Public security minister calls on Netanyahu prosecutor to resign
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Public security minister calls on Netanyahu prosecutor to resign

Deputy State Attorney Liat Ben-Ari comes under fire after Israel Hayom report claims she subdivided a house into two apartments without proper permits

Deputy State Attorney Liat Ben-Ari arrives at the District Court in Jerusalem, ahead of Prime Minister Benjamin Netanyahu's trial on May 24, 2020. (Yonatan Sindel/Flash90)
Deputy State Attorney Liat Ben-Ari arrives at the District Court in Jerusalem, ahead of Prime Minister Benjamin Netanyahu's trial on May 24, 2020. (Yonatan Sindel/Flash90)

Public Security Minister Amir Ohana called on the lead prosecutor in the corruption cases against Prime Minister Benjamin Netanyahu to resign on Sunday over allegations that she had violated the law by splitting her home into two separate apartments without a permit.

“If this is indeed what happened, I think it’s a shame and disgrace that those who preach all day long for clean hands, moral purity and the observance of the law, and invent cases that did not exist, are suddenly revealed in their corruption,” Ohana, a close ally of the prime minister, told Channel 20.

On Sunday, the pro-Netanyahu daily Israel Hayom reported that an inspector for the Rosh Ha’ayin municipality had found that the prosecutor, Deputy State Attorney for Financial Enforcement Liat Ben-Ari, had created a separate entrance to the basement of her home without first obtaining a building permit, effectively creating two units out of one.

Ohana, who had previously quarreled with Ben-Ari during his tenure as justice minister, said that if the allegations prove to be true then “she should not continue to serve” at the ministry.

Amir Ohana at a Public Security Ministry changeover ceremony in Jerusalem on May 18, 2020. Yonatan Sindel/Flash90)

In a statement issued via the ministry, Ben-Ari said that the property was not her family’s personal residence, but had been purchased by a joint purchase group, in which her husband was a member.

Last October, aides to the prime minister harshly criticized Ben-Ari after she went on vacation in the middle of pre-indictment legal proceedings. A source close to Netanyahu said that she had given the impression that she had already decided the outcome of the hearings and therefore did not bother attending. The Justice Ministry defended her, but a ministry source acknowledged her actions showed a lack of public sensitivity.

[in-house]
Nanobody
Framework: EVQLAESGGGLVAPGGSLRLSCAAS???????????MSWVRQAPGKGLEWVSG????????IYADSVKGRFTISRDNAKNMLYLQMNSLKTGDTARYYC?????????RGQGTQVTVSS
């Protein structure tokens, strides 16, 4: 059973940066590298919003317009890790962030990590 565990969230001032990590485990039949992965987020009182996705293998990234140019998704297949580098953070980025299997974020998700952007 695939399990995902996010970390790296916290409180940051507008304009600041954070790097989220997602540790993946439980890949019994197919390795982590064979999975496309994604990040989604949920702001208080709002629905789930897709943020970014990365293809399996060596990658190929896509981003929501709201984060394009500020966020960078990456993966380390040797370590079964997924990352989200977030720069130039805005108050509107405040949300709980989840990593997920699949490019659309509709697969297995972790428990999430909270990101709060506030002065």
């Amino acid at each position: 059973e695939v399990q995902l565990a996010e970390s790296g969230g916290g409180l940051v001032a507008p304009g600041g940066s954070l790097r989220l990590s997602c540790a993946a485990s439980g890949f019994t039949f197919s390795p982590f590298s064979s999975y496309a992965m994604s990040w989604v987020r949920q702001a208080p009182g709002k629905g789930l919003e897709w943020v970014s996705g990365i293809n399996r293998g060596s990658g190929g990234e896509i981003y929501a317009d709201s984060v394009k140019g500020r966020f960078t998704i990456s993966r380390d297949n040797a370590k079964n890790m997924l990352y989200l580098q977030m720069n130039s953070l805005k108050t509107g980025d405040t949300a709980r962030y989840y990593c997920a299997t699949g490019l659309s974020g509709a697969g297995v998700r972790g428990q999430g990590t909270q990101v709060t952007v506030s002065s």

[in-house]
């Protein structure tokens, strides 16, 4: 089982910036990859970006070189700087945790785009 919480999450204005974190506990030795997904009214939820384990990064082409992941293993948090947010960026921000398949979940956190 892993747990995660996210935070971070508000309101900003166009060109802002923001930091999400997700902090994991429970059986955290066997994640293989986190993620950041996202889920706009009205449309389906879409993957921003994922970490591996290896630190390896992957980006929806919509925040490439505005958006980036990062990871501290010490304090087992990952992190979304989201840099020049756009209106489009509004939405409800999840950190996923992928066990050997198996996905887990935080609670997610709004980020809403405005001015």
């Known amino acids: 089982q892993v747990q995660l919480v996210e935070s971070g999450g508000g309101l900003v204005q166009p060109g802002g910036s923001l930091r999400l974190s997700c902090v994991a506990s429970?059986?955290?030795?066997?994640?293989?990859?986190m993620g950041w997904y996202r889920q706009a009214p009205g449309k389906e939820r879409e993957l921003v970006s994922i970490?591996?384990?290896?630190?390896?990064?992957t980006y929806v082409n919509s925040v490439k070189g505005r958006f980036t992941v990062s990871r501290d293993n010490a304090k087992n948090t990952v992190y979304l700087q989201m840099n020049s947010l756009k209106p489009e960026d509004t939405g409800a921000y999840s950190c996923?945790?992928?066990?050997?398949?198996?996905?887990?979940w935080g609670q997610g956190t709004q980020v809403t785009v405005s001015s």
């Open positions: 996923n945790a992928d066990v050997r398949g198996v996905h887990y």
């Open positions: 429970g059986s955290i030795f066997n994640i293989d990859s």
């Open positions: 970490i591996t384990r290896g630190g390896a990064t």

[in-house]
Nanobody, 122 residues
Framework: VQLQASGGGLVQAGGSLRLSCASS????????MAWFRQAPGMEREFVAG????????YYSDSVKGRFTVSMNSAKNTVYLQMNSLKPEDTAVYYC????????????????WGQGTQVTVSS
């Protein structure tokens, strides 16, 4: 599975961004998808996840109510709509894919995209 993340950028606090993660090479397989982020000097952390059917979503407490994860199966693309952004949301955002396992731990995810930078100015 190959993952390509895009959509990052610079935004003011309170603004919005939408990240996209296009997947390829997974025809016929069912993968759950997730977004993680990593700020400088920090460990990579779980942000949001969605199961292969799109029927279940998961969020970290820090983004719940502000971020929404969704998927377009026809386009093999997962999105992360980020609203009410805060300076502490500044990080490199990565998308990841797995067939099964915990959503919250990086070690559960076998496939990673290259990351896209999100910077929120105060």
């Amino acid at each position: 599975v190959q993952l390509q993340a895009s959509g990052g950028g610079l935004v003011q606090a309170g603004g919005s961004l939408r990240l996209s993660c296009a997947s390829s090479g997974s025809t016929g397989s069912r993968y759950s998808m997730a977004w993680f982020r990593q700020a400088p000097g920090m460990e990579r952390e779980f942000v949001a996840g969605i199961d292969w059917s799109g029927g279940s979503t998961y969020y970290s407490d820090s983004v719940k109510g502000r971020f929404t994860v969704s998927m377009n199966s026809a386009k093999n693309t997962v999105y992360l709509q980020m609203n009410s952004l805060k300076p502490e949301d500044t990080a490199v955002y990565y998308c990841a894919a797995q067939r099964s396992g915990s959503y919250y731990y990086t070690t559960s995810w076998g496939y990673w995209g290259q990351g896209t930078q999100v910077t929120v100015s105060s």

Netanyahu and his allies have hit back hard at critics in recent years, accusing the police and state prosecution of an “attempted coup,” after he was indicted on bribery, breach of trust and fraud charges last year and repeatedly attacking the news media for what he claims is unfavorable coverage. He denies any wrongdoing.

Prime Minister Benjamin Netanyahu (R) talks with attorney Micha Fettman (L) inside the court room as his corruption trial opens at the Jerusalem District Court, May 24, 2020. (Ronen Zvulun/ Pool Photo via AP)

Netanyahu’s trial on charges of accepting bribes, fraud and breach of trust opened in May in the Jerusalem District Court. At the time, his attorney implicitly compared the premier’s upcoming corruption trial to the prosecution of Nazi war criminals following the end of World War II.

A judge ruled Sunday that Prime Minister Benjamin Netanyahu’s corruption trial will begin to hear testimony from witnesses in January 2021, with hearings to be held three times a week.

Though the prime minister attended the first hearing, he did not make an appearance in the courtroom on Sunday.

Netanyahu is accused of offering to push legislation benefiting powerful Israeli media moguls in exchange for more positive coverage in their publications. He has also been charged with accepting some $200,000 in gifts such as cigars and champagne from two billionaires — Hollywood-based Israeli movie mogul Arnon Milchan and Australian magnate James Packer.

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